After fixation, tissue (either fixed frozen sections or epidermal sheets) or cells were incubated in blocking buffer: 2.5% donkey serum, 2.5% goat serum (Jackson ImmunoResearch Laboratories), 1% bovine serum albumin (Sigma-Aldrich), and 0.1% Triton X-100 (Sigma-Aldrich) for 1–2 h at room temperature. The following primary antibodies were used at the indicated concentration in blocking buffer overnight at 4°C: mouse monoclonal anti-TRP1 1:200 (TA99, ab3312, Abcam), mouse monoclonal anti-K14 1:300 (LL002, ab7800), mouse monoclonal anti-E cadherin 1:100 (ab1416, Abcam), rabbit monoclonal anti-β catenin 1:100 (8480T, Cell Signaling Technology), mouse monoclonal anti-PCAD 1:100 (MAB861, R&D Systems), mouse monoclonal anti-cKit 1:100 (CD11705, Invitrogen–Thermo Fisher Scientific), rabbit polyclonal anti-K10 1:500 (Poly19054, BioLegendA), and rat monocolonal anti-α6 integrin (eBioGoH3 [GoH3], Invitrogen–Thermo Fisher Scientific). Secondary antibodies against mouse IgG, rat IgG, or rabbit IgG conjugated to Alexa Fluor 488, 594, or 680 (Molecular Probes–Thermo Fisher Scientific) were used at a 1:1,000 dilution for 1–2 h at room temperature. Hoechst (Molecular Probes) was used at a 1:1,000 dilution in PBS. Secondary antibodies against mouse IgG2a and mouse IgG1 were used for dual staining of PCAD and TRP1, ECAD and TRP1, and the two-color double anti-TRP1 and anti-cKit immunofluorescence (Fig. S1 A). For all other TRP1/cKit staining, a pan anti-mouse IgG was used to detect both primary antibodies.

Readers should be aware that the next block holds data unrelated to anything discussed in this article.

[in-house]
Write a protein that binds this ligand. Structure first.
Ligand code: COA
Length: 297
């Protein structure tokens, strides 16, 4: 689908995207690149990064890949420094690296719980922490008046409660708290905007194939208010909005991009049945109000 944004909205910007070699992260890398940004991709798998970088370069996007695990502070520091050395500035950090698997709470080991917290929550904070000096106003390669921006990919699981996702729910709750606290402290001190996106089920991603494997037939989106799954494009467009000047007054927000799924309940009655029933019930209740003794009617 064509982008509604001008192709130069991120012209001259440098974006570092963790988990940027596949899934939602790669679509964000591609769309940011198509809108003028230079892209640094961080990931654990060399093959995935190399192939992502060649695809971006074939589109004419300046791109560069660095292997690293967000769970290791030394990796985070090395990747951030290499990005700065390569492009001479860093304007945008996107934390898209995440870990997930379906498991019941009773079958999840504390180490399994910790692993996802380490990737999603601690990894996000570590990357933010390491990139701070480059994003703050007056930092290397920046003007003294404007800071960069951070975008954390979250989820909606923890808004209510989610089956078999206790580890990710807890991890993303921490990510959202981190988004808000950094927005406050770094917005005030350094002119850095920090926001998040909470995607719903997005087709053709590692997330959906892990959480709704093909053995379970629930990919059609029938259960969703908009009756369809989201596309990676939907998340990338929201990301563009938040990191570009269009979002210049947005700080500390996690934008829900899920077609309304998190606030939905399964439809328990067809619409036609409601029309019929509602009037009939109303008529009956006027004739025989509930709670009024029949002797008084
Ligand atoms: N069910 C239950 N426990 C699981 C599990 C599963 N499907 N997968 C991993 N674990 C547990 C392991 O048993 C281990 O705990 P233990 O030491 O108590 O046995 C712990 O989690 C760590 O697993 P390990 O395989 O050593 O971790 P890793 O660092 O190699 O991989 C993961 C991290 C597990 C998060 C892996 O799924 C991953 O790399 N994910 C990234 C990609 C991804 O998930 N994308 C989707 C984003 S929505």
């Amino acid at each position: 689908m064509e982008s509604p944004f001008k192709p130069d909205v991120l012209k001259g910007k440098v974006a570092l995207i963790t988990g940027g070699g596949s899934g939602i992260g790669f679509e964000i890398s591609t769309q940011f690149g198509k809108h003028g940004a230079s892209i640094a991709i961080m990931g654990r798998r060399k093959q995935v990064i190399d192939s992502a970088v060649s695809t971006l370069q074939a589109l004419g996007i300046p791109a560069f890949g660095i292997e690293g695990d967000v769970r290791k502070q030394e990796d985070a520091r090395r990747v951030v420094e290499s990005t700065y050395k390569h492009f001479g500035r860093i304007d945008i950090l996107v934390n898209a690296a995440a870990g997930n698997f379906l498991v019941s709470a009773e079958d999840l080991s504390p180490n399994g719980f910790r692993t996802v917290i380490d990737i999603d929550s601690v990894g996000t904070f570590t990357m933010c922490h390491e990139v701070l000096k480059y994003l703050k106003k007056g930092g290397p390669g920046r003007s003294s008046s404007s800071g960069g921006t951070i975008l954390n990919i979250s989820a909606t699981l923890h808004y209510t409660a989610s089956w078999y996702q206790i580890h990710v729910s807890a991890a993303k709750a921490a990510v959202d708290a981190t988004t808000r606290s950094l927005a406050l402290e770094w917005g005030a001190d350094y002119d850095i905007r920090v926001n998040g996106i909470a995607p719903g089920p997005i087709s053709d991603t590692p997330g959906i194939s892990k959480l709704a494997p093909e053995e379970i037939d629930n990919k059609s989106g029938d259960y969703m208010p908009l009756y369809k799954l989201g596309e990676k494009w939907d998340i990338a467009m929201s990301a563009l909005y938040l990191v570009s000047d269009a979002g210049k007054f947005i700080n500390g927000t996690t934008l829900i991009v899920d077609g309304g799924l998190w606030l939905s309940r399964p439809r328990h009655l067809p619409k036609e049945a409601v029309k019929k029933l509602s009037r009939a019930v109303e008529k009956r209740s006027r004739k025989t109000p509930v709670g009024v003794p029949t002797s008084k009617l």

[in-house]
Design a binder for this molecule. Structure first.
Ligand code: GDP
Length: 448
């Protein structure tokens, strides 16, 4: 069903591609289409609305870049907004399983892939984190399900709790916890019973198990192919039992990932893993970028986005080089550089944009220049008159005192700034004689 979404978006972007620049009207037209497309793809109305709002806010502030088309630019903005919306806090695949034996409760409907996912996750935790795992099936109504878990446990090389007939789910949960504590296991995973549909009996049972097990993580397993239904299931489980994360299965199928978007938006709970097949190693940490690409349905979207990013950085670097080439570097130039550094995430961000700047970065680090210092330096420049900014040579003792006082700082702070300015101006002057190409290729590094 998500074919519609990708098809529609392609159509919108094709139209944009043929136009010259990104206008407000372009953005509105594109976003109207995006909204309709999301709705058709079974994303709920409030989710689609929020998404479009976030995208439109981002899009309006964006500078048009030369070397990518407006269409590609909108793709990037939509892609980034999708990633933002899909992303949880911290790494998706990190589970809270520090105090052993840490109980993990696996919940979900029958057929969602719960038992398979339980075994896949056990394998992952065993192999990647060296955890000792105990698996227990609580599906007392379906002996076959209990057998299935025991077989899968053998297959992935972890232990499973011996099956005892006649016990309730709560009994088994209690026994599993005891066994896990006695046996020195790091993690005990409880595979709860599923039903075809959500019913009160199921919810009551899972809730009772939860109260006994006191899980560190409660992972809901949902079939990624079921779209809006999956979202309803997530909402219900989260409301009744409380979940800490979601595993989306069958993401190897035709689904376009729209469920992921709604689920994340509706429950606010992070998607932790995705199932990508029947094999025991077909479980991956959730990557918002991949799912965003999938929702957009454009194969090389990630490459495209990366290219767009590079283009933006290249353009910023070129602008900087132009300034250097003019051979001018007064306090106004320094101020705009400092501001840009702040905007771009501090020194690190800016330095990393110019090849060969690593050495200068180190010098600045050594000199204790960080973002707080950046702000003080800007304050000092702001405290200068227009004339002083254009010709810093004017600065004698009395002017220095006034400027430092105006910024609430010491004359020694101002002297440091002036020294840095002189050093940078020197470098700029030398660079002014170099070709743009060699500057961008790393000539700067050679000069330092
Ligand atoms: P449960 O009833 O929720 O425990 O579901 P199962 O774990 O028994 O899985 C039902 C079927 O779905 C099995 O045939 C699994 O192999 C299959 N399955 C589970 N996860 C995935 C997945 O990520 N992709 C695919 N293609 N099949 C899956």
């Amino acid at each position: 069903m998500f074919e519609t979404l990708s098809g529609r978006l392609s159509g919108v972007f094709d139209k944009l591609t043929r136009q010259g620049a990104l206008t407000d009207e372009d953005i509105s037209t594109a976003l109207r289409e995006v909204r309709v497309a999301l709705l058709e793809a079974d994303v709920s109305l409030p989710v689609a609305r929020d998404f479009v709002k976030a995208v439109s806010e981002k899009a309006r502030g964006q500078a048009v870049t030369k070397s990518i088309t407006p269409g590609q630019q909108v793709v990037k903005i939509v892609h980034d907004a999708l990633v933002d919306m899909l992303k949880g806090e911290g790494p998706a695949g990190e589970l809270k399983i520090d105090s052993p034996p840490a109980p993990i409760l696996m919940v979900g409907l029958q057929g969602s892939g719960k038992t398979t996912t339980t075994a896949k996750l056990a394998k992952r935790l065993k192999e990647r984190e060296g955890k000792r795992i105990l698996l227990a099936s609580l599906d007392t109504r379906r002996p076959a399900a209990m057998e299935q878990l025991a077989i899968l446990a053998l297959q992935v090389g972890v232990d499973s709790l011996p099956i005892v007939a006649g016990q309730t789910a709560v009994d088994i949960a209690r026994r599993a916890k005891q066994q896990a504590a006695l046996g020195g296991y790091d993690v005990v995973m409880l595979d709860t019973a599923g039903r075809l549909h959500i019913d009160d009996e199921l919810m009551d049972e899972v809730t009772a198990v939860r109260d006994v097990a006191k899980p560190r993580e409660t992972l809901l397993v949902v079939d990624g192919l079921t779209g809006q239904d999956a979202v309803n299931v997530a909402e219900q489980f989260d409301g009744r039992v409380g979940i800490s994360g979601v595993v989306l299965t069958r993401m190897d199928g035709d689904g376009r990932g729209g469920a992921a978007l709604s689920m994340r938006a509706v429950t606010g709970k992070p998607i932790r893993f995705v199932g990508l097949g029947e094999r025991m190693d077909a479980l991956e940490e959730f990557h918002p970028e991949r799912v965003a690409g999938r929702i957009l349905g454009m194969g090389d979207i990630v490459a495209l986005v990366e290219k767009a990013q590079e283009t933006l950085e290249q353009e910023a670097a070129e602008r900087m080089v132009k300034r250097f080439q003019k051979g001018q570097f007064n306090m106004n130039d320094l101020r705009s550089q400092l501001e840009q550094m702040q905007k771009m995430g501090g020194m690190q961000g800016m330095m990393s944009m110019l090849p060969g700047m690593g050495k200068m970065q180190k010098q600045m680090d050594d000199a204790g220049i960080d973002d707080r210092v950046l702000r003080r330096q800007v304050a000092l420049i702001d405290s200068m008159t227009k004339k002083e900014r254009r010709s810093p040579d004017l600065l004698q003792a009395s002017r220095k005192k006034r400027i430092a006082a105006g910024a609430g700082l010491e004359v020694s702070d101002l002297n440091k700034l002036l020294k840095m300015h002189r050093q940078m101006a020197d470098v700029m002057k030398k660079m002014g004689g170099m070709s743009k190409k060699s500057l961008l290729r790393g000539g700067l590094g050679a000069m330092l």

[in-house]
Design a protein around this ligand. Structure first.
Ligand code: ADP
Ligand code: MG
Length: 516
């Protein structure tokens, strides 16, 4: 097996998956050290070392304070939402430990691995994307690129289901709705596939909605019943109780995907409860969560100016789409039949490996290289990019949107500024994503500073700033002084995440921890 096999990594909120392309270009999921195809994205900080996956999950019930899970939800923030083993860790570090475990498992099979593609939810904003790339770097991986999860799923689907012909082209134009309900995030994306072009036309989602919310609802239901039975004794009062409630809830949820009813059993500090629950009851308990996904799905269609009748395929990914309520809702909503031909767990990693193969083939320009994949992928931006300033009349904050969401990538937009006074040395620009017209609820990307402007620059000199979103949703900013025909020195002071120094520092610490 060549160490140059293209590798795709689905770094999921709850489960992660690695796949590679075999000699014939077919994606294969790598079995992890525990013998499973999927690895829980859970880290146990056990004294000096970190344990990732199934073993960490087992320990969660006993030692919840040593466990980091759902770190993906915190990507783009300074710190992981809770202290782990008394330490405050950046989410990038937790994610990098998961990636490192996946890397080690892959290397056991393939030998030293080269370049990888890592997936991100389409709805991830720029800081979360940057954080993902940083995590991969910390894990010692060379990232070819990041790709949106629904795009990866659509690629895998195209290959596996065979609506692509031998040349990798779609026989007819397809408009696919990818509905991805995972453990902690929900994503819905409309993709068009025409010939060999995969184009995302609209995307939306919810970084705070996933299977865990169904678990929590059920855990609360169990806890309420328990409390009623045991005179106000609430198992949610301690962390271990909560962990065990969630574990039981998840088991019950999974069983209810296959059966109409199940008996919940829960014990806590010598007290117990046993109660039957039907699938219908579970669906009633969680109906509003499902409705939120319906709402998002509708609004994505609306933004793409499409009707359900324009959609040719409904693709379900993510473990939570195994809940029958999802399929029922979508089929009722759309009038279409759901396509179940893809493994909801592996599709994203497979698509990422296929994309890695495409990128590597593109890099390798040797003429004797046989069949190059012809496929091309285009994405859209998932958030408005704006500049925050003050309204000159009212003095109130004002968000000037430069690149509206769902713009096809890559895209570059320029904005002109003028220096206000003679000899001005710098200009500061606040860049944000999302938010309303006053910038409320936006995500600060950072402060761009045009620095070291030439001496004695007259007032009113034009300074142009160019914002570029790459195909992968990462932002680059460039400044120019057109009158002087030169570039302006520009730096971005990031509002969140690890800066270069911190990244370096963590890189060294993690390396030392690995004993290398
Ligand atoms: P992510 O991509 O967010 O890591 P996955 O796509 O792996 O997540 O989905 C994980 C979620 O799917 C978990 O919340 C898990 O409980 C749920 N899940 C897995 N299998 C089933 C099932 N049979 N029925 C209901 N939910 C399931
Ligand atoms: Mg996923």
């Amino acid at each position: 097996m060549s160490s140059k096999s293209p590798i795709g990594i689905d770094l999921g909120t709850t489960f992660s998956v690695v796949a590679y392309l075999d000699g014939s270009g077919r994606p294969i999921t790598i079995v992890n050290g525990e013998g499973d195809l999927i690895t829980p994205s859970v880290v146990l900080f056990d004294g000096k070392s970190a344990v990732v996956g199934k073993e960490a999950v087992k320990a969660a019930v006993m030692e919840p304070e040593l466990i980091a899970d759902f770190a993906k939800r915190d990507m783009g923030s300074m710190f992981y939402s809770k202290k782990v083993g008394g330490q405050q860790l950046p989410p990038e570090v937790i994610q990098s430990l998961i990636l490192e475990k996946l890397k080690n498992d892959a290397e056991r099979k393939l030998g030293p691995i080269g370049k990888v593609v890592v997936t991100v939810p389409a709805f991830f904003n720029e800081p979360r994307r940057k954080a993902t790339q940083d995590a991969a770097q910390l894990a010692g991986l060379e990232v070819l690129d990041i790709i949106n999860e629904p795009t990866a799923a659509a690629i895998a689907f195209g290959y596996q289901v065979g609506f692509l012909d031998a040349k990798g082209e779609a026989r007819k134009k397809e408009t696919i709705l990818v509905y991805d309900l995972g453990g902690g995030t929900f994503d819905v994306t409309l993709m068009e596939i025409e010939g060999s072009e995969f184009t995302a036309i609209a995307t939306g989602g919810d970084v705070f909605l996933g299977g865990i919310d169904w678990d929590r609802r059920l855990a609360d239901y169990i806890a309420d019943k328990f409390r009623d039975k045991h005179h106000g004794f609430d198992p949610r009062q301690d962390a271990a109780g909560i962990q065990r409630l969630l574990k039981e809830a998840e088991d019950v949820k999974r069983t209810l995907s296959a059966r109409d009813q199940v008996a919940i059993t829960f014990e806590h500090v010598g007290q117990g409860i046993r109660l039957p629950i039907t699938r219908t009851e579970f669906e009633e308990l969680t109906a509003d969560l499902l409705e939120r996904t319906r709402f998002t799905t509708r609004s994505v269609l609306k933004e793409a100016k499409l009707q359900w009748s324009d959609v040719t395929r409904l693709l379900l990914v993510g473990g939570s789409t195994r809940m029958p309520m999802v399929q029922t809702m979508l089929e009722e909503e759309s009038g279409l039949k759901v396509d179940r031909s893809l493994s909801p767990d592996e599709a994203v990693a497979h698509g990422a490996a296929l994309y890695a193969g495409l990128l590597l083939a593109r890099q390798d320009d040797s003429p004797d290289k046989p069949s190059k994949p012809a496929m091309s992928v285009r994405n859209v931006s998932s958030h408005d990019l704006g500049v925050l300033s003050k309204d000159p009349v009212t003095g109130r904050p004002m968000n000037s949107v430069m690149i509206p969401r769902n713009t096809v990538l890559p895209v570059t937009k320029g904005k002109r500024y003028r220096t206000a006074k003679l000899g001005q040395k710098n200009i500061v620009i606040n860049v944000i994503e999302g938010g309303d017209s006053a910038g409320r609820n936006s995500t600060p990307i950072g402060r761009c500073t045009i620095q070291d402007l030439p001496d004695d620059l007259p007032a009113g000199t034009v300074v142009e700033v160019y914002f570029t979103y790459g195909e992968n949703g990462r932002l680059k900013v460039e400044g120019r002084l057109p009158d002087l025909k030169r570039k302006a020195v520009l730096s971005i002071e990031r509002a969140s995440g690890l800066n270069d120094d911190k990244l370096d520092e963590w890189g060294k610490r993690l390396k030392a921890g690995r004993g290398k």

Freshly isolated neonatal foreskin epidermis was obtained by an overnight dispase digestion at 4°C and removal from the dermis while on ice. Individual melanocytes were microinjected using a manual microinjection (model MM-88-0, Narashige International) system on an Upright BX61WI microscope with manual syringe pressure application. 2% (wt/vol) Lucifer yellow CH, Lithium Salt (Molecular Probes) was directly injected into the basal surface of the melanocyte at room temperature.
Neonatal foreskin was immersion fixed in 4% paraformaldehyde, 2% glutaraldehyde, 2 mM CaCl2, and 0.1 M sodium cacodylate at 4°C. Tissue was cut into 1-mm × 500-µm pieces for processing. Tissue was then post-fixed with 2% osmium tetroxide and 1.5% potassium ferrocyanide on ice for 1 h followed by a thiocarbohydrazide amplification step for 20 min and then a subsequent 2% osmium tetroxide incubation for 30 min at room temperature. Tissue was then stained with 1% uranyl acetate overnight at 4°C. Lead aspartate staining was performed for 30 min at 60°C the next day followed by tissue dehydration using sequential ethanol dehydration followed by propylene oxide and embedded in Durcapan resin (Sigma-Aldrich). The sample block was trimmed then mounted on a SEM sample holder using double-sided carbon tape (EMS). Colloidal silver paint (EMS) was used to electrically ground the exposed edges of the tissue block. The entire surface of the specimen was then sputter coated with a thin layer of gold/palladium. The tissue was imaged using back scattered electron mode in a FEI Helios Nanolab 650. Images were recorded after each round of ion beam milling using the SEM beam at 2 keV and 100 pA with a working distance of 2.8 mm. Data acquisition occurred in an automated way using the Auto Slice and View G3 software. The raw images were 2,048 × 1,768 pixels, with 30-nm slices viewed at a −38° cross-sectional angle. Each raw image had a horizontal field width of 30 µm with an XY pixel size of 14–18 nm and 30-nm Z slices. These images were then aligned using the image processing programs in IMOD (Kremer et al., 1996). The aligned images were then use to generate a 3D model in IMOD’s 3dmod image display and modeling program.
TEM serial sections